I’ve just received this exciting news in my inbox:
Sharon McIvor, a member of the Lower Nicola Band of British Columbia and a practicing lawyer, lost her Indian status when she married a non-Aboriginal man. She fought for 20 years so that her son could pass on Indian status to his children, something he would have been able to do had his father–instead of his mother–been Aboriginal.
This week, the Court unanimously decided that the Indian Act violates equality provisions of the Charter of Rights, discriminating against some women and their children when it comes to conferring Indian status. The Court gave the federal government a year to amend the offending sections of the Act. The 1985 amendments to the Indian Act, that were supposed to make the Act conform to the Canadian Charter, actually discriminate against some Aboriginals on the basis of sex. It is not yet known if this recent decision will be appealed by the governments.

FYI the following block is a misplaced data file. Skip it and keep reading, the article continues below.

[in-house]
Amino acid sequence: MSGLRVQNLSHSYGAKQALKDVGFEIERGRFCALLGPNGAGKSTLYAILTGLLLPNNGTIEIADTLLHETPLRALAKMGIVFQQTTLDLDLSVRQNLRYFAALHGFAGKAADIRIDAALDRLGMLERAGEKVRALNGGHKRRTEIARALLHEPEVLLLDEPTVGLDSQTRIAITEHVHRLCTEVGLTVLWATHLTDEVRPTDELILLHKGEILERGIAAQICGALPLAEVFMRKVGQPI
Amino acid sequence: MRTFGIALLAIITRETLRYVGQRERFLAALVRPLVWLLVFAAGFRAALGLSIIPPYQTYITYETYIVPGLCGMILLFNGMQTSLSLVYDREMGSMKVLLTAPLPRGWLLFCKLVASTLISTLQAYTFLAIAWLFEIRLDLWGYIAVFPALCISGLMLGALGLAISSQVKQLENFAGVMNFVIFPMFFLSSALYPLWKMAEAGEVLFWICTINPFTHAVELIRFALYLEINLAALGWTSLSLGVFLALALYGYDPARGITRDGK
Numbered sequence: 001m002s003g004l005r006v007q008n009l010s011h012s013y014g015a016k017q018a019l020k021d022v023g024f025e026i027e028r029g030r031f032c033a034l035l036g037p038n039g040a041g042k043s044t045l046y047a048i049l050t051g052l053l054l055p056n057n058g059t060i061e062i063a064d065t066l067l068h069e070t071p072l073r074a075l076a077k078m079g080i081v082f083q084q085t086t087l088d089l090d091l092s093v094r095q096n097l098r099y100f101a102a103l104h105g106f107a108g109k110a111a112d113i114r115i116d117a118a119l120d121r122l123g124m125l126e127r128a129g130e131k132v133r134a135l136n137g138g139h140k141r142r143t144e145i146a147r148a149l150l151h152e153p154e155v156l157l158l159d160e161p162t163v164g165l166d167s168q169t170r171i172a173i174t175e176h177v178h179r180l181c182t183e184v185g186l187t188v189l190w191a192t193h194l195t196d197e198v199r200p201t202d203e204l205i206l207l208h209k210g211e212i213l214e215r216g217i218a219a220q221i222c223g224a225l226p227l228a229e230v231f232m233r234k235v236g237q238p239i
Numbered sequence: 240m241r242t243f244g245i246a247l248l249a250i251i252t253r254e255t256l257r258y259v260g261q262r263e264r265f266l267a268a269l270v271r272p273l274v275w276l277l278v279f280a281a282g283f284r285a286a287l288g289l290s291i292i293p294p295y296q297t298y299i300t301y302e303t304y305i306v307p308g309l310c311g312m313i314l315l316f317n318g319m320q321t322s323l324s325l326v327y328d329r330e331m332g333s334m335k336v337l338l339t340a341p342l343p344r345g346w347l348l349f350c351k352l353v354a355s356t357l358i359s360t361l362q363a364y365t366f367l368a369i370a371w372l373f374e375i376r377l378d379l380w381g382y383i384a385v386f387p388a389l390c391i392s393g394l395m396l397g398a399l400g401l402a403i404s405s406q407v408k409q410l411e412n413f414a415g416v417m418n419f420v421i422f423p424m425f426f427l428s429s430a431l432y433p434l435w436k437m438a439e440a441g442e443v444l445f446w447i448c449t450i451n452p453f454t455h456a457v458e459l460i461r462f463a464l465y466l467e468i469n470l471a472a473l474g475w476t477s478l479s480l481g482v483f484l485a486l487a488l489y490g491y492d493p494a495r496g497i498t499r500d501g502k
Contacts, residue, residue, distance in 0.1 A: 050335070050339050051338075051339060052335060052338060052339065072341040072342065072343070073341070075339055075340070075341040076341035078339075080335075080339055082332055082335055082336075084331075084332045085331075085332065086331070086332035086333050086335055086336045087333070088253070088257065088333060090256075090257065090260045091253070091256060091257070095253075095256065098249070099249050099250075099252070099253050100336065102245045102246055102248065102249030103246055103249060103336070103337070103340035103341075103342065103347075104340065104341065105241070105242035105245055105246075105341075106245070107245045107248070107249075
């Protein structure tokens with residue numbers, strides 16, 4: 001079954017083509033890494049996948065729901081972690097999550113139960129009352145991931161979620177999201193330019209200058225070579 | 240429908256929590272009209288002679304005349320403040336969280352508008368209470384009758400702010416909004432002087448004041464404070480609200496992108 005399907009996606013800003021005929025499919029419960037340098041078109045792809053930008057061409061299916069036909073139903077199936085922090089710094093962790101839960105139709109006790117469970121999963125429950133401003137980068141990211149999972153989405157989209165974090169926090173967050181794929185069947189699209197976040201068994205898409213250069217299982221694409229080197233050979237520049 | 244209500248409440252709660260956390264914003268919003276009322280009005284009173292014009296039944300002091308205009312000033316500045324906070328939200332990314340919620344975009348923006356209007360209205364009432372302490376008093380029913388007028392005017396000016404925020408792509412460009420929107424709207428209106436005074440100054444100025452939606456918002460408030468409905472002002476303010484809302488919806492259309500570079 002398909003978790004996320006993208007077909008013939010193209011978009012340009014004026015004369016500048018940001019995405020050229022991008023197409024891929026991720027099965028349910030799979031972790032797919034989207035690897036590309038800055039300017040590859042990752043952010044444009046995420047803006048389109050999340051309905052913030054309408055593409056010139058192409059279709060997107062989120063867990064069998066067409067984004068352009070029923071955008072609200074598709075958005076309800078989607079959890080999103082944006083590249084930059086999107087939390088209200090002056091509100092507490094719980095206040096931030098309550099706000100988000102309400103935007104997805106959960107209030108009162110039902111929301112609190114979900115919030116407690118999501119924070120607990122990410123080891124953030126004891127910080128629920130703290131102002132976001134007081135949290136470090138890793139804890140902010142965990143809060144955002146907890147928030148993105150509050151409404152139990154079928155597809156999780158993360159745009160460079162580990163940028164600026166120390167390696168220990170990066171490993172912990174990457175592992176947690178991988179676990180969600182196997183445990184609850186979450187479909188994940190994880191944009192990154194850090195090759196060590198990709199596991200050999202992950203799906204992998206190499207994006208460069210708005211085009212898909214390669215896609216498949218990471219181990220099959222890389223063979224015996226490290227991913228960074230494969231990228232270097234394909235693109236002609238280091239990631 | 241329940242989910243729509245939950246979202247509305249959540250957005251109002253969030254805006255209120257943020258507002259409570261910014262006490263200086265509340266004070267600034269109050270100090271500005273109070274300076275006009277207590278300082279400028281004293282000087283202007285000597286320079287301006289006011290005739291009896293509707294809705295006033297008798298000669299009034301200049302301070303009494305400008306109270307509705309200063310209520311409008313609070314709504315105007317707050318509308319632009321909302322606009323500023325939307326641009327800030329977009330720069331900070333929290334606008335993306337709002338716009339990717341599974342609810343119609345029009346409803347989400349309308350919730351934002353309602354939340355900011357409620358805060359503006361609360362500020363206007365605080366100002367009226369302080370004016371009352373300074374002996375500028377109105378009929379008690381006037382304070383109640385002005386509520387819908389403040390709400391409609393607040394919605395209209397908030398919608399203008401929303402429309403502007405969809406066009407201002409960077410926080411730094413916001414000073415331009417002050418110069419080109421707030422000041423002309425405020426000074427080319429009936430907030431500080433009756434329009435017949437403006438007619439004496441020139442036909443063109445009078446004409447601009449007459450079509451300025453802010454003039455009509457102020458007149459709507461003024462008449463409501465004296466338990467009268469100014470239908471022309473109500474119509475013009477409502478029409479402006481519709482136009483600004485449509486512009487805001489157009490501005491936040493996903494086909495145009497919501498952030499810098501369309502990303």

Wow. This is a really important victory for both Aboriginal and non-Aboriginal Canadian women, because it gets at a core nugget of paternalism that lay at the heart of the original 1985 amendments to the Indian Act. Yahoo for progress!